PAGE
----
Every once in a while I’m reading a story with a word I cannot recognize. I ask my students, and they always know what it means… because they made up the word. Most times they don’t know they have made it up, they are pretty sure the word exists, because it sounds like another word, so for example, if a lion is very loud he may be roarful, or a baby mouse may be a mouselet (works for piglet and owlet, right?).
I love when this happens, whether it’s intentional or not. It shows that children are paying attention around them, producing words out of thin air. They are trying. It’s not about neglecting proper word formation; instead, it’s about teaching children how words are made so that they can then use their imagination to come up with their own words for fictional stories.
And sometimes there is no right word. So we need to make it up ourselves. Roald Dahl (famous for books such as Matilda andCharlie and the Chocolate Factory) was always making up words.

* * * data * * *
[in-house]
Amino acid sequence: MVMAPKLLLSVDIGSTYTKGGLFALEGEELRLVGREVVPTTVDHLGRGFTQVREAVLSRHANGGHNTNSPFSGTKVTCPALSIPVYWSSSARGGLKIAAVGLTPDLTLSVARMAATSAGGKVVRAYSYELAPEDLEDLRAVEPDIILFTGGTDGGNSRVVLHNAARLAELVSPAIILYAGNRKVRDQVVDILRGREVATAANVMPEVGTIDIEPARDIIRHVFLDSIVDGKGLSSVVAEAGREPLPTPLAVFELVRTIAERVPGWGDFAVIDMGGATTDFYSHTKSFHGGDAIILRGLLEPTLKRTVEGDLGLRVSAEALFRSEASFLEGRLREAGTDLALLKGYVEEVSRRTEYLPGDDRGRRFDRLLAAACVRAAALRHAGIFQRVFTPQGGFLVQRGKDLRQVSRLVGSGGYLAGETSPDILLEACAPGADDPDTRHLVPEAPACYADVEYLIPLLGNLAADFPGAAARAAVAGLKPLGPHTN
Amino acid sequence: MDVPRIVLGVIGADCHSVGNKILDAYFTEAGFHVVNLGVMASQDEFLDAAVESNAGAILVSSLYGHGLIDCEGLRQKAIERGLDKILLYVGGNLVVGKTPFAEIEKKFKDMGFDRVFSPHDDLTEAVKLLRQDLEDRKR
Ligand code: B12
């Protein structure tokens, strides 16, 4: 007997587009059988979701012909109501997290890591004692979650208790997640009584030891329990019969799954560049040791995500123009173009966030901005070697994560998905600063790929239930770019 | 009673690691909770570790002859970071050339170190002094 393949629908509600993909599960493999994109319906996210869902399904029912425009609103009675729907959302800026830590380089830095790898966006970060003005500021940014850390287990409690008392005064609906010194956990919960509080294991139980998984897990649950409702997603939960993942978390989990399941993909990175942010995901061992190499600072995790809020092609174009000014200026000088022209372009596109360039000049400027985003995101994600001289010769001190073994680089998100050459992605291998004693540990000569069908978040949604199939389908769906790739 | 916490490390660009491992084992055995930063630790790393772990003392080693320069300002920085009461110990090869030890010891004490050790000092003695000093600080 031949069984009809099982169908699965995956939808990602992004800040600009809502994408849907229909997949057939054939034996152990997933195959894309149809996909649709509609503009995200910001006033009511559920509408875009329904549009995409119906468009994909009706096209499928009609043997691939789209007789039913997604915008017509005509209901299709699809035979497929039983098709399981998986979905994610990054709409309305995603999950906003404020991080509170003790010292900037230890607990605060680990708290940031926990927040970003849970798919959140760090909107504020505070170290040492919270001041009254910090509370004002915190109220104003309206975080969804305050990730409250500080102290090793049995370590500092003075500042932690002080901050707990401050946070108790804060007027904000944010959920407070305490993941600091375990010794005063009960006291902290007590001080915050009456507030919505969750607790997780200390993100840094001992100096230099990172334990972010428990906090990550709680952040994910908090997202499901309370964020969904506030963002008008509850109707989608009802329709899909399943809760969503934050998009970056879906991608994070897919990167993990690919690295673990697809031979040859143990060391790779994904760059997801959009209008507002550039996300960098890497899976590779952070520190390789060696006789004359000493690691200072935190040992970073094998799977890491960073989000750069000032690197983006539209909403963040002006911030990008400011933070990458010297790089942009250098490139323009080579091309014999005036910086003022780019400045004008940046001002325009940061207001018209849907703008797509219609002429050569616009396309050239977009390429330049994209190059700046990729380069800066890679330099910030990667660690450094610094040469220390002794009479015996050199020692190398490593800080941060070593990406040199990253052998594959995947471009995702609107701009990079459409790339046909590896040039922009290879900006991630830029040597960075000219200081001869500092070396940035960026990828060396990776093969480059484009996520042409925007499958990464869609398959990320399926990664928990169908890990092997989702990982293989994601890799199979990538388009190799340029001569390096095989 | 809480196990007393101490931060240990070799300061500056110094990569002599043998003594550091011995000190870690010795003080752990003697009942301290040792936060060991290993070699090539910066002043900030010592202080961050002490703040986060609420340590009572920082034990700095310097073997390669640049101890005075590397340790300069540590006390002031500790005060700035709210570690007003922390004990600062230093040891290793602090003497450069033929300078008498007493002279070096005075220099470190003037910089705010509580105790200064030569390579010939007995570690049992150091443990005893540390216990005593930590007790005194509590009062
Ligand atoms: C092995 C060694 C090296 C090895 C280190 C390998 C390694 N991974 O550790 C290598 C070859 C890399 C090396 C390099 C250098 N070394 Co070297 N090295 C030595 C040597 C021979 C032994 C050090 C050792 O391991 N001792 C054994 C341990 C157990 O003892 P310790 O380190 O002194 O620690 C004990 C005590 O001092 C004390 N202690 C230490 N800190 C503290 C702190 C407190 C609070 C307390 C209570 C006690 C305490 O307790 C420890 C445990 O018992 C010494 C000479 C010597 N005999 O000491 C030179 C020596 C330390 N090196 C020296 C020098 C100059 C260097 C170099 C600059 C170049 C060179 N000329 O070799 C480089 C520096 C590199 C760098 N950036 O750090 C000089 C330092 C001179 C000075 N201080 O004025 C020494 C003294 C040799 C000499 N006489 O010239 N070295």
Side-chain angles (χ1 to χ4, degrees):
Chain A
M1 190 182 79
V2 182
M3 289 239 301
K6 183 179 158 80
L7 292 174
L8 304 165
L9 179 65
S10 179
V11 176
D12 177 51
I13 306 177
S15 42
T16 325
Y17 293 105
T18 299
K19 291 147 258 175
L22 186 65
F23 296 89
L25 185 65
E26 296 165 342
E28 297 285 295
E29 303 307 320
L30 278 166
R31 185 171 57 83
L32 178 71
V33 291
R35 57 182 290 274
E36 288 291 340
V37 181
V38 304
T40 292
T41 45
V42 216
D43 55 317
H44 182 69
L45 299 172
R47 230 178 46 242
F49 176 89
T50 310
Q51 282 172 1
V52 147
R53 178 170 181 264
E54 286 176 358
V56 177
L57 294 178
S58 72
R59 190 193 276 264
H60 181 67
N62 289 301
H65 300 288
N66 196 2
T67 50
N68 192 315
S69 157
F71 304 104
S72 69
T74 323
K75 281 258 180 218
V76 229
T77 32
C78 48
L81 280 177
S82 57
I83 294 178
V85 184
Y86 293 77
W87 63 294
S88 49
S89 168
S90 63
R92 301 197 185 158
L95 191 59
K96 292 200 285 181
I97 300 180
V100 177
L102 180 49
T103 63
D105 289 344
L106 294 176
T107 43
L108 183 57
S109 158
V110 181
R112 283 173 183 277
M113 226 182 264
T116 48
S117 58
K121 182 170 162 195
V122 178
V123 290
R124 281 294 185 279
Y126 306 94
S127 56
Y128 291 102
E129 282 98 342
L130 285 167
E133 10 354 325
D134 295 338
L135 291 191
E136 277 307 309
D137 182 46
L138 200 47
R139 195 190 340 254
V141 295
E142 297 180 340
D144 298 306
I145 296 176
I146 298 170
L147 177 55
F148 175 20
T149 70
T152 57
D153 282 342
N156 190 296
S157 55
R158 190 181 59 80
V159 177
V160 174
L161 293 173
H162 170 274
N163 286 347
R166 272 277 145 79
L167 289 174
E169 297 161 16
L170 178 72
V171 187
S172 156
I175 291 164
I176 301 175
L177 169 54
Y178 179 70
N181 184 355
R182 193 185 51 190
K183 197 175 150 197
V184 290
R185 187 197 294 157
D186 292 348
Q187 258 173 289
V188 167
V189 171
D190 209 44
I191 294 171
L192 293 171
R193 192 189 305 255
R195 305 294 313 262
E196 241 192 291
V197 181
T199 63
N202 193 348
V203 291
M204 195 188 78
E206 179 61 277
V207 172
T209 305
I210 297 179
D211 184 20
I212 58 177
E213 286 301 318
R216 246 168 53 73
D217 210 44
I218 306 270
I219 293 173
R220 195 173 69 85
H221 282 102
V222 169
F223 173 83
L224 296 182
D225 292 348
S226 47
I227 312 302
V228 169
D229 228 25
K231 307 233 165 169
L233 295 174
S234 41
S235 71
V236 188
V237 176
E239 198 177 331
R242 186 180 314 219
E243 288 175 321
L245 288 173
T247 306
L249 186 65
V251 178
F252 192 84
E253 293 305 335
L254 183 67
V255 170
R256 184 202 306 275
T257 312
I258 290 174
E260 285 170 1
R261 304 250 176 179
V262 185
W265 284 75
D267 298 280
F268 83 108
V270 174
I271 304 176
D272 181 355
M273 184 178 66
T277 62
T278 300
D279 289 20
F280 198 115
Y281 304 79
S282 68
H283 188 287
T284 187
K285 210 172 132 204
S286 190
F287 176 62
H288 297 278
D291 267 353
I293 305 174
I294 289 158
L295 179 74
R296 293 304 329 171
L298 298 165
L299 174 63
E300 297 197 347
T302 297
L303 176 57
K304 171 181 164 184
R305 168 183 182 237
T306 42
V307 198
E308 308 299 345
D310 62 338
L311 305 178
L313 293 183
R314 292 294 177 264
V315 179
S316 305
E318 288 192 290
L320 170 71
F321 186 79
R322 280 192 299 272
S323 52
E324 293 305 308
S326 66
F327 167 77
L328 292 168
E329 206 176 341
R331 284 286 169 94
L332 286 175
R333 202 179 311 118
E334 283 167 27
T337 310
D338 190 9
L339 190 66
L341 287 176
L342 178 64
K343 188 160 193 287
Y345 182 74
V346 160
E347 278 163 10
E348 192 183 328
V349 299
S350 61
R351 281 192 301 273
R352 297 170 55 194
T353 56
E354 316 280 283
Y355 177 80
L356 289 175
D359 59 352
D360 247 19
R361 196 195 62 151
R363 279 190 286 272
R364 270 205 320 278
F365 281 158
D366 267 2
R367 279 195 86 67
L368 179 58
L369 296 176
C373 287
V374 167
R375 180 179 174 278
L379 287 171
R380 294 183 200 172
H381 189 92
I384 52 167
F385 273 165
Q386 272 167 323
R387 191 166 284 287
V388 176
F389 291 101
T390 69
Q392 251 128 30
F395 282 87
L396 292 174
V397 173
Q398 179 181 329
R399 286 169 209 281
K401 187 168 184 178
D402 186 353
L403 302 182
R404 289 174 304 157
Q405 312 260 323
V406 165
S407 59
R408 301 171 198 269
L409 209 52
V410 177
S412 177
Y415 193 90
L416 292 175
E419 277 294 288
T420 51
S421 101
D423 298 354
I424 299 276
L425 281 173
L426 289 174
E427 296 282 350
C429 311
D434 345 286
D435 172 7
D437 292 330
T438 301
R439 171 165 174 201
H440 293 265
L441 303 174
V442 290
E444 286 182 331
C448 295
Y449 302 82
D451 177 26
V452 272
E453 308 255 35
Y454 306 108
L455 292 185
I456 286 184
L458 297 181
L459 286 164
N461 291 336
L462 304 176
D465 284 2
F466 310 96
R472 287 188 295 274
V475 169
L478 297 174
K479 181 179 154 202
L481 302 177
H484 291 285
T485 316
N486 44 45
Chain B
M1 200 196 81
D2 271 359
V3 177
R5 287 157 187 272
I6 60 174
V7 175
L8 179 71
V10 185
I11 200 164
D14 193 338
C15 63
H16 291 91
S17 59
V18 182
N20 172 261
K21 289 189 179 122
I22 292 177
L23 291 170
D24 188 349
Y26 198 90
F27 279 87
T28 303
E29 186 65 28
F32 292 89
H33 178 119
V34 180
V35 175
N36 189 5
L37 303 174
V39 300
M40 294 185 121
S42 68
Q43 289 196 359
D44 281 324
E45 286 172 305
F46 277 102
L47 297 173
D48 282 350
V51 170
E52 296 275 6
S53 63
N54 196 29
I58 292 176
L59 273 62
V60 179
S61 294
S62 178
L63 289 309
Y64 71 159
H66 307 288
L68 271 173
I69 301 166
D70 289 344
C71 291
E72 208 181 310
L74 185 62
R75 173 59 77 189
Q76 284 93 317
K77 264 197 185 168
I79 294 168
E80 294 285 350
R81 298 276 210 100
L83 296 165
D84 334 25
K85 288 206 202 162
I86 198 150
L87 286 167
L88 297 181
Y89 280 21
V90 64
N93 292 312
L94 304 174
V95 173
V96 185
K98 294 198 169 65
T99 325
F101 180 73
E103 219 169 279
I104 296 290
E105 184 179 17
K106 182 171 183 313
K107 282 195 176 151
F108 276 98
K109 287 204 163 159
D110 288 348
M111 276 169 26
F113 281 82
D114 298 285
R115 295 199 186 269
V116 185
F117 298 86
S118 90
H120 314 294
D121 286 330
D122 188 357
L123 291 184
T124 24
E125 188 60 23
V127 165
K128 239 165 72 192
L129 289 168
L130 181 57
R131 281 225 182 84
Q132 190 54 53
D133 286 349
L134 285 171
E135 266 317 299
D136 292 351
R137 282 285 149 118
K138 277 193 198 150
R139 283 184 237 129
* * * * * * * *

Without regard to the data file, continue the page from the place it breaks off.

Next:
While a part of teaching writing involves expanding children’s vocabulary, I think we could also try to have some fun and create our own dictionaries for a specific story. Some topics or genres lend themselves better than others for this, but we can always give it a try.
Prefixes and suffixes
If you need a little help to create new words, you can try using prefixes and suffixes.
Common prefixes (attached to the front of a root word) include:
Suffixes (attached after the root word) include:
You can take a word and add a suffix or prefix that is not normally associated with it to create a new word.
What did you come up with?
Blends (or portmanteau words, if you’re feeling fancy)
Another technique could be to just take two words and combine them, usually leaving out some letters. Blends have been used for a long time, but they have become more popular in recent years.
Common blends include breakfast + lunch (brunch), electronic + mail (e-mail), and biographical + picture (biopic).
If you come up with a few new words, why not try and include them in a story?